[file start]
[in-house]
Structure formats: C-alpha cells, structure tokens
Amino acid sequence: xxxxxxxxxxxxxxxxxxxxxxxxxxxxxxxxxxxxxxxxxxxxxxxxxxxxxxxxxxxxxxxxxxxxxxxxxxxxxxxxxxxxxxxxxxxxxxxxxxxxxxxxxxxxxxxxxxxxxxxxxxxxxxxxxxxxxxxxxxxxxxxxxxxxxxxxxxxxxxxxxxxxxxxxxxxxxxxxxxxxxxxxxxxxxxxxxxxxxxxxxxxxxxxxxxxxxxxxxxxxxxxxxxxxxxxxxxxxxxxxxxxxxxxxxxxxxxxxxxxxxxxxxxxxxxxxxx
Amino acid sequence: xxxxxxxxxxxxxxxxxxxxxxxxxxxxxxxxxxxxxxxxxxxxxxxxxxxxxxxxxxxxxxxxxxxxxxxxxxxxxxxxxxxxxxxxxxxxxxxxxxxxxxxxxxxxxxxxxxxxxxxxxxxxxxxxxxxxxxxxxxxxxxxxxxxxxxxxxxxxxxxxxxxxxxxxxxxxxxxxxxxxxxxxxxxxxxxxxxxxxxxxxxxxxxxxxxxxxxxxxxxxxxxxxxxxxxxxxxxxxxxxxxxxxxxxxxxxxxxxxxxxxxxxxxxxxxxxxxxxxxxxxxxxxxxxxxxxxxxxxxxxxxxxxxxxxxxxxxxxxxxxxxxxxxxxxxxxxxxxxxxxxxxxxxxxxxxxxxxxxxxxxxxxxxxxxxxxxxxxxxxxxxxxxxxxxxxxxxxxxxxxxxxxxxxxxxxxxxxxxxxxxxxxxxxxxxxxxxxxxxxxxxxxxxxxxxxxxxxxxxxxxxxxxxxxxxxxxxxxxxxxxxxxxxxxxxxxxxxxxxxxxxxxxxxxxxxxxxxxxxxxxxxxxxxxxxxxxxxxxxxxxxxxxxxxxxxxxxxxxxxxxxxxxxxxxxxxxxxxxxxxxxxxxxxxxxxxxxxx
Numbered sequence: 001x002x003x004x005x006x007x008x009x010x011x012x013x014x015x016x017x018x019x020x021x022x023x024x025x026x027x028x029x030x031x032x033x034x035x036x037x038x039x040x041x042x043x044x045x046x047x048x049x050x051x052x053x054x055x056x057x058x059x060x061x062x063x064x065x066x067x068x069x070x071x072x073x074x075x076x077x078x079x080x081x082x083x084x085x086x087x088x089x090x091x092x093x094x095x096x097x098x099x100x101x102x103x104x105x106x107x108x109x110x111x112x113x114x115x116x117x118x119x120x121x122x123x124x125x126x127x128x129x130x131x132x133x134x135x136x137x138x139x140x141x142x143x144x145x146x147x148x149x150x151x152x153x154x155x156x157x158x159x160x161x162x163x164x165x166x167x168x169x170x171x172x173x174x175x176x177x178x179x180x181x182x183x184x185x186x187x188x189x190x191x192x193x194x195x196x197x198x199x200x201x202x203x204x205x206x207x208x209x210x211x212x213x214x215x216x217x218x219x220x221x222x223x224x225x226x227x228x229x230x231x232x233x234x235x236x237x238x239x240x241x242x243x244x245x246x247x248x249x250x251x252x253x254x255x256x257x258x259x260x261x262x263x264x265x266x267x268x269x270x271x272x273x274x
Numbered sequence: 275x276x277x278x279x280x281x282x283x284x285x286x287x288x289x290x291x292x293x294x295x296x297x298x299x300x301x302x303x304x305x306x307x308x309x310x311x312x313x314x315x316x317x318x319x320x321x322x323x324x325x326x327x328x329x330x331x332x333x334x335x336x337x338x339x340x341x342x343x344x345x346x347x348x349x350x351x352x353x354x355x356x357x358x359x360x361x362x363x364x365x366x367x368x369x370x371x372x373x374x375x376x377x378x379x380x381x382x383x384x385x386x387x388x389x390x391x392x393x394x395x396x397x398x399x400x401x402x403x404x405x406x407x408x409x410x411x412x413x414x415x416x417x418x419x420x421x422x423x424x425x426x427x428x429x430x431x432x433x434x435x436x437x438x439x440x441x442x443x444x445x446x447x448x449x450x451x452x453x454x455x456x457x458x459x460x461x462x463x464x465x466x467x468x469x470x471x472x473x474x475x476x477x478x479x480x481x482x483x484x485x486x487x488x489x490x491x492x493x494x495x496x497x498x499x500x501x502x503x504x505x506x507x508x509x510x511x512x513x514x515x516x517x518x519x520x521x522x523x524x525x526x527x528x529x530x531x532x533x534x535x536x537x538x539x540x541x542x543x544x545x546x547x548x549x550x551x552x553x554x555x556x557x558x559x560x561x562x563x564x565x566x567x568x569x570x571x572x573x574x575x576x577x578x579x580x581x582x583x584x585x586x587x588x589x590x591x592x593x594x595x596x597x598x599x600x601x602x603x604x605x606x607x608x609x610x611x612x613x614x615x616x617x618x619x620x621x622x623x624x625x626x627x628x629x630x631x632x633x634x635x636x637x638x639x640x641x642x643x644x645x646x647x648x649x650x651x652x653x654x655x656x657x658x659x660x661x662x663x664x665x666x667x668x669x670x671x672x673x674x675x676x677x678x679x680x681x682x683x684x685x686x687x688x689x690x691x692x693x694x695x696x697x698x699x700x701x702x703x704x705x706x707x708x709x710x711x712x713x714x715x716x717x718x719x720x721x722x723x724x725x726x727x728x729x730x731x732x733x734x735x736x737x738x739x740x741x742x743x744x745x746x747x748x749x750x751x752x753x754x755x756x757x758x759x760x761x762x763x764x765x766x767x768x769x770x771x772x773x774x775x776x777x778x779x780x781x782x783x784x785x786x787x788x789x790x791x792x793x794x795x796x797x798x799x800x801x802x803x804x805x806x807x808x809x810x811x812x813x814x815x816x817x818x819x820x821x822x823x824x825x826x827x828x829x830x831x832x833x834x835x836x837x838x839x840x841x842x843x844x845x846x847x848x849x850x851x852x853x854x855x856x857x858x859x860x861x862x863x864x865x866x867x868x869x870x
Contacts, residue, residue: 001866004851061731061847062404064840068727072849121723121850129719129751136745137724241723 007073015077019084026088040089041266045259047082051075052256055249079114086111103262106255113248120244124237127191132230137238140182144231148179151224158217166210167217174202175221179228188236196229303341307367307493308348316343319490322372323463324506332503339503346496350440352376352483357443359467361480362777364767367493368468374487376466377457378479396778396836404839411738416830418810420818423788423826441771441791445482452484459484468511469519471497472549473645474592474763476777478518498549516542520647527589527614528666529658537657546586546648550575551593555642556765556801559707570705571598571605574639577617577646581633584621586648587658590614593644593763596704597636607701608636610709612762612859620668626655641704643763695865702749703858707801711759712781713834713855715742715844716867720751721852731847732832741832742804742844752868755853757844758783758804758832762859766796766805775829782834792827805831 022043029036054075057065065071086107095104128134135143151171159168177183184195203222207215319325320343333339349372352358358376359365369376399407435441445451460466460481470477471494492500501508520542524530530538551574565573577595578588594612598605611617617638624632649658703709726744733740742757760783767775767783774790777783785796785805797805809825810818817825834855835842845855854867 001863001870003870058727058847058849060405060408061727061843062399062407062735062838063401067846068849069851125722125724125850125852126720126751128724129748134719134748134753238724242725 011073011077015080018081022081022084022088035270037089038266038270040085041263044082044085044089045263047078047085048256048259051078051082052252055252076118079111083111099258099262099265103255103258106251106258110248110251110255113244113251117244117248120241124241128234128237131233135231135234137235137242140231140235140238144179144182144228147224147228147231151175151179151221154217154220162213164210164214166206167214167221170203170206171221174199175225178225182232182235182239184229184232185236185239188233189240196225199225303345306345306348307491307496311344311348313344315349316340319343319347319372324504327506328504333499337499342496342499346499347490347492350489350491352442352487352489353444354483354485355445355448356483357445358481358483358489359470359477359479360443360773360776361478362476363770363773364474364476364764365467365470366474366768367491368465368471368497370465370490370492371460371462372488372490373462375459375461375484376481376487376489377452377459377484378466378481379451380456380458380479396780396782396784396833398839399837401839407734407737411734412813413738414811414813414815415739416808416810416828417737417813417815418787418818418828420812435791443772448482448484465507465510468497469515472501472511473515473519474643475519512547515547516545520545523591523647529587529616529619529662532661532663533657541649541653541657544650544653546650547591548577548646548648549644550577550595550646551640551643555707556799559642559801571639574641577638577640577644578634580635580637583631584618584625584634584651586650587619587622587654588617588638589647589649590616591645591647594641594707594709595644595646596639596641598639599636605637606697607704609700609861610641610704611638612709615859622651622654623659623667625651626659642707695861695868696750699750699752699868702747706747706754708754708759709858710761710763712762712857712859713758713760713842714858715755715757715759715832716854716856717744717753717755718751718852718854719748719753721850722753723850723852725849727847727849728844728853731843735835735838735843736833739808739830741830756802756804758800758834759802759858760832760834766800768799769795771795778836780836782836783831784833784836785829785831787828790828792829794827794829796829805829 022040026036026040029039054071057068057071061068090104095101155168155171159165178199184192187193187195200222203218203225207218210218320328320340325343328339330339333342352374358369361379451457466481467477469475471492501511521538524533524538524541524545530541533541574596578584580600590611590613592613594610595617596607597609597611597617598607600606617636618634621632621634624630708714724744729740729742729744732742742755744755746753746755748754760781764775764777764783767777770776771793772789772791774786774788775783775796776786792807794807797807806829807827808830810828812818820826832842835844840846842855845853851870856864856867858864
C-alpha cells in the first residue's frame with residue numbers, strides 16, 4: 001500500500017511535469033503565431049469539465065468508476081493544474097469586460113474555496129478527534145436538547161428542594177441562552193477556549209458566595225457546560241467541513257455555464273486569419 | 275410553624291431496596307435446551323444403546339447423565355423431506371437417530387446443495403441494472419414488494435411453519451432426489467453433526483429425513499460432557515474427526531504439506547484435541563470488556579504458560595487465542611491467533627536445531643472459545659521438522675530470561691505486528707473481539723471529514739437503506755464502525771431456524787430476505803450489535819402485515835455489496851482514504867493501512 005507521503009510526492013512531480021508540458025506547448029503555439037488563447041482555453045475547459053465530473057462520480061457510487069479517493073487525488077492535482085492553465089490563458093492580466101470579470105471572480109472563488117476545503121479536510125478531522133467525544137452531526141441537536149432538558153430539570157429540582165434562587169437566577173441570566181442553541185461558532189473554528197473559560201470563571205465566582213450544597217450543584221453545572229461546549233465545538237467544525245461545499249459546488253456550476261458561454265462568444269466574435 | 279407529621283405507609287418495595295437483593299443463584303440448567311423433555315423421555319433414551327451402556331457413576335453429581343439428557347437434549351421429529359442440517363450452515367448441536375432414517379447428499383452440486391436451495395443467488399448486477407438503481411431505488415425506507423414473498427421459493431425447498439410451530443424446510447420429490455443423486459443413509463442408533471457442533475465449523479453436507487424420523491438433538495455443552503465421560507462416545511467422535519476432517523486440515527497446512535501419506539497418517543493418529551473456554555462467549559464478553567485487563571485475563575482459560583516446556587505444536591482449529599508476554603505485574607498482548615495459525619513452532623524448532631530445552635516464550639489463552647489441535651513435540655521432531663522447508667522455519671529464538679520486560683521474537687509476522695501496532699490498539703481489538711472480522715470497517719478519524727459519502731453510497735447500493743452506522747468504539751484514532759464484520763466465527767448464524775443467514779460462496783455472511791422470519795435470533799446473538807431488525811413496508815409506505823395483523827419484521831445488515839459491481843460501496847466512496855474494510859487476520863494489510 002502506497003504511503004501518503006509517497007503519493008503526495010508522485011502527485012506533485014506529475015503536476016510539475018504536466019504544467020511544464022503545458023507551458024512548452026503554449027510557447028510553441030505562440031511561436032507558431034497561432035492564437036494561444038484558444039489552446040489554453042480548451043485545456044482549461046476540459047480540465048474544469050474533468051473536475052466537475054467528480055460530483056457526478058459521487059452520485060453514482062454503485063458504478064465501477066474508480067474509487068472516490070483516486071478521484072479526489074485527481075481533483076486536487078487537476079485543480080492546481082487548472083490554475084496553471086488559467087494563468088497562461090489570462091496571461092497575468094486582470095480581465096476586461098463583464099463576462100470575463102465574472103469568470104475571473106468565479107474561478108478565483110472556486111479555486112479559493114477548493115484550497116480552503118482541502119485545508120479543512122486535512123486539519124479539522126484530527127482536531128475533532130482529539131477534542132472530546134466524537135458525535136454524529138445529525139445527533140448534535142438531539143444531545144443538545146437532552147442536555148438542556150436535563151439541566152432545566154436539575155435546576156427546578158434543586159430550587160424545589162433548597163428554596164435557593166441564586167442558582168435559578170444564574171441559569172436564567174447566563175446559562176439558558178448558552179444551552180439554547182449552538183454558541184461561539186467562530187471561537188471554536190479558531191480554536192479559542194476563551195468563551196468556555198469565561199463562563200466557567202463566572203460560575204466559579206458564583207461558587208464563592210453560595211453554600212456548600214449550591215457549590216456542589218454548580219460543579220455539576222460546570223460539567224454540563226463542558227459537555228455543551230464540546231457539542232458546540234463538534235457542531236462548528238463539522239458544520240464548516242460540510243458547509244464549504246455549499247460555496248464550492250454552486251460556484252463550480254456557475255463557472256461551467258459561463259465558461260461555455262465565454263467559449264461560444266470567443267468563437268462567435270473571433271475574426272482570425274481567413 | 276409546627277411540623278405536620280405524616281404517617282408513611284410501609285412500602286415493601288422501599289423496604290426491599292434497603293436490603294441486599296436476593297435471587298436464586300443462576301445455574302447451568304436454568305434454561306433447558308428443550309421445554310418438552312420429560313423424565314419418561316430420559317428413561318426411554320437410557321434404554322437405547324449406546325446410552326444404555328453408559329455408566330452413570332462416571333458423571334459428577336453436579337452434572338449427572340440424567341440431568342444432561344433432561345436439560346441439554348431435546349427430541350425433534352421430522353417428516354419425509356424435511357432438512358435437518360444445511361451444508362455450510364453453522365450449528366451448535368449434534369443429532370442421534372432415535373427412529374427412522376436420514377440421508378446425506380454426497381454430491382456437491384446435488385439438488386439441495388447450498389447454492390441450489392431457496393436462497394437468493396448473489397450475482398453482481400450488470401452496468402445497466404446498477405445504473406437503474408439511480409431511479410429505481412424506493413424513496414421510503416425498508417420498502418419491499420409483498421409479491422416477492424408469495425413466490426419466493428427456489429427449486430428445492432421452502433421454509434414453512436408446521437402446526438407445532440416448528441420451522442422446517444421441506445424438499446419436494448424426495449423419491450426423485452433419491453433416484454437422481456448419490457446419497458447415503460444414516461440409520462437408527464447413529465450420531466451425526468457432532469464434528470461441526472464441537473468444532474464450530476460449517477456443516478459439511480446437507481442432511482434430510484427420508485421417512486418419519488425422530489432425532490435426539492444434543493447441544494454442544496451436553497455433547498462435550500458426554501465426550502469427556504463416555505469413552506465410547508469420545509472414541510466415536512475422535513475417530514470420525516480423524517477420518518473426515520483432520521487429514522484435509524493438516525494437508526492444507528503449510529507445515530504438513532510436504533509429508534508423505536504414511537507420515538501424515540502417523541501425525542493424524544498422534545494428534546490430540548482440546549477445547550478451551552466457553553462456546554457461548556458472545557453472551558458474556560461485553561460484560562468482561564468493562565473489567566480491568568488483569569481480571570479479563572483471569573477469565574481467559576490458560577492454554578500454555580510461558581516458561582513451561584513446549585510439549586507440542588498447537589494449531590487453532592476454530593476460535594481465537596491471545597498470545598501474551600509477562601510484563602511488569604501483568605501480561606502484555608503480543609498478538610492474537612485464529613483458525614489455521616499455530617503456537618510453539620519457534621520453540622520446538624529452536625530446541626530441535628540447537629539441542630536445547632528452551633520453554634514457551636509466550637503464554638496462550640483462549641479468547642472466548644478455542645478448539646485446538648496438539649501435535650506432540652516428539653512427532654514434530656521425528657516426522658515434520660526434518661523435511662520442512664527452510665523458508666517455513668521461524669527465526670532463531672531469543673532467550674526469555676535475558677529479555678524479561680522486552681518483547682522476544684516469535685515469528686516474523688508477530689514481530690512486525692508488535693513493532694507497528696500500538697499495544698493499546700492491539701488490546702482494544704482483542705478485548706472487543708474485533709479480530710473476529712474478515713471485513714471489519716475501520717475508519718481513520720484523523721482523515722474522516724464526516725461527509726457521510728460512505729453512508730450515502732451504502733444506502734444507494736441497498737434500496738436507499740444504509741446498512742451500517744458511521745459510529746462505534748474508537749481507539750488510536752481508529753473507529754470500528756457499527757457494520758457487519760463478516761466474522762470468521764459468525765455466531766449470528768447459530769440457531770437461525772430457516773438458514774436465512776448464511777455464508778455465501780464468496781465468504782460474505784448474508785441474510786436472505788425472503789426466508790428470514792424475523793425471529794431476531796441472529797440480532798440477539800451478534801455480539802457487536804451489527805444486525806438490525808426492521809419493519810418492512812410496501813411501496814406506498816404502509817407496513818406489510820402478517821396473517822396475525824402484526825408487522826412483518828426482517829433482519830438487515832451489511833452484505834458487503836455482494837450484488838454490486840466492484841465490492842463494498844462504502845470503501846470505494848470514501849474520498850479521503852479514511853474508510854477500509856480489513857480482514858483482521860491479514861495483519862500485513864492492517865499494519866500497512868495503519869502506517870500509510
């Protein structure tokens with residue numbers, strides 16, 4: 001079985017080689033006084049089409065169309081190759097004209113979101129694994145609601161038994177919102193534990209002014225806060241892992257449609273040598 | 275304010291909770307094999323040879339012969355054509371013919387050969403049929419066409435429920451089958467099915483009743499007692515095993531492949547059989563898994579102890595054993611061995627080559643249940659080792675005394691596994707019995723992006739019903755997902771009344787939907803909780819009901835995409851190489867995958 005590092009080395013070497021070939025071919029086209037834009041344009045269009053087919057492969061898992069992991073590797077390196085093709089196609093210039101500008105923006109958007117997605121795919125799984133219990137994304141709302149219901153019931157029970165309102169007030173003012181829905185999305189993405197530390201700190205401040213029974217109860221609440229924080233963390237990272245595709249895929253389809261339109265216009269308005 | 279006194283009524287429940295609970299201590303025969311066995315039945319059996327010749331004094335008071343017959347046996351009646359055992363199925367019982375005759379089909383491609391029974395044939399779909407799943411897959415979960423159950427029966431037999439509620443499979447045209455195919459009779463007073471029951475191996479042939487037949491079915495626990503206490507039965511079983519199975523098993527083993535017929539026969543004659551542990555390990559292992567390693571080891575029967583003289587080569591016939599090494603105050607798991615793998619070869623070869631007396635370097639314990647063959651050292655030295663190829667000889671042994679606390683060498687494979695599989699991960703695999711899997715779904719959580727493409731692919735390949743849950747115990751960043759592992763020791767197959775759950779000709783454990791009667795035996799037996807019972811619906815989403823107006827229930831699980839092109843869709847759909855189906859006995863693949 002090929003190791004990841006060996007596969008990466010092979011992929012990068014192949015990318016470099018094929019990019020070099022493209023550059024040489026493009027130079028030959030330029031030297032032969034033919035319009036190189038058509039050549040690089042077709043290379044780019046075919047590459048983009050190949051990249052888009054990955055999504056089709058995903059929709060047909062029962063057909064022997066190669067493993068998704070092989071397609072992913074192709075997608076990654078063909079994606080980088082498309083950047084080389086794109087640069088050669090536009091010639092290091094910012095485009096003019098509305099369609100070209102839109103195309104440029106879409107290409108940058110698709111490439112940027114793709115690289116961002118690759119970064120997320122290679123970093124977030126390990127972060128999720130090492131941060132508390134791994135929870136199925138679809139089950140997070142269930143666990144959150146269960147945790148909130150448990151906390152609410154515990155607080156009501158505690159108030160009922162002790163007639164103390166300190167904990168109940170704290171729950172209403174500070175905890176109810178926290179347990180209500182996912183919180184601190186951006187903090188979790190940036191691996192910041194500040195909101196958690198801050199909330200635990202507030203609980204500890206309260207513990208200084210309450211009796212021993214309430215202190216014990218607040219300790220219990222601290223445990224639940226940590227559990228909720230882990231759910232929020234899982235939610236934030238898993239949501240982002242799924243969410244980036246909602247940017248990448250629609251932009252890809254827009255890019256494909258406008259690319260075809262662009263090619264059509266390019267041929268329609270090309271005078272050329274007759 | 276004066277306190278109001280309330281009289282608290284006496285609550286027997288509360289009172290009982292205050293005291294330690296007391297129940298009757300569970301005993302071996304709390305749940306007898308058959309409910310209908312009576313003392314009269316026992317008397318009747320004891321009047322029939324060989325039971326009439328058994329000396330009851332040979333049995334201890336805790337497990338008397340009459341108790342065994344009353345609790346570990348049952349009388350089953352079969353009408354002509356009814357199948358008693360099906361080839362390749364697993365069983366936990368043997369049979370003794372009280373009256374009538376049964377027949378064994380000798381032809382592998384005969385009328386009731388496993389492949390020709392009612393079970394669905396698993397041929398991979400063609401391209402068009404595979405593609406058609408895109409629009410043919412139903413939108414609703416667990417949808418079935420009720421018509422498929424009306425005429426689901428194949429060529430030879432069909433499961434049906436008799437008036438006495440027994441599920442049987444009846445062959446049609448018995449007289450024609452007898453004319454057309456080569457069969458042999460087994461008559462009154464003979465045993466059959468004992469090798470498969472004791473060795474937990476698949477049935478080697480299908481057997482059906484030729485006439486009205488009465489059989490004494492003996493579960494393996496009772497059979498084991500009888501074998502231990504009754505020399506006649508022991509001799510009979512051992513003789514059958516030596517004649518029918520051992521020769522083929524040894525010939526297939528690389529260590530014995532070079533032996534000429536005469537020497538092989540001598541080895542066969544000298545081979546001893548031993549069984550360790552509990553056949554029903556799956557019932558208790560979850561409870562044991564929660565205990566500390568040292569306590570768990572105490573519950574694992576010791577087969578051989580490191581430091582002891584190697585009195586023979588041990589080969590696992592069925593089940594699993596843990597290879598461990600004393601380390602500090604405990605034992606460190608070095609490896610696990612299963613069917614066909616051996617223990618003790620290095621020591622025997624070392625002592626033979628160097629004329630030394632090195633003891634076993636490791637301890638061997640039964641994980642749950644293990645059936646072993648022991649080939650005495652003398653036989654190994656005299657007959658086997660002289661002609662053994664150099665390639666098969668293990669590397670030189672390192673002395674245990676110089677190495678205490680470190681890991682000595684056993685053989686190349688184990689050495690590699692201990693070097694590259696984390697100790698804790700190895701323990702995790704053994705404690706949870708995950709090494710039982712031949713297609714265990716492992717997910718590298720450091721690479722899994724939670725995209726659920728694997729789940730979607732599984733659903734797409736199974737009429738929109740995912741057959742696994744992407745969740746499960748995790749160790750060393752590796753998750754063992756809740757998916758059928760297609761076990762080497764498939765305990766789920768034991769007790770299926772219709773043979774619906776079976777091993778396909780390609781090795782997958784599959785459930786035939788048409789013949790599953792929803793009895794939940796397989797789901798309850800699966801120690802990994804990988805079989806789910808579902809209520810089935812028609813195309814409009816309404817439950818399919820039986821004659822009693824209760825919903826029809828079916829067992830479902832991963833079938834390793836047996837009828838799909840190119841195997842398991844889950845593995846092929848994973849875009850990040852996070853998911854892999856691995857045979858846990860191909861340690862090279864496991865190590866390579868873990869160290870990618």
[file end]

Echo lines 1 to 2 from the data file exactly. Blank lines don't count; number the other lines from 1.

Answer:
[in-house]
Structure formats: C-alpha cells, structure tokens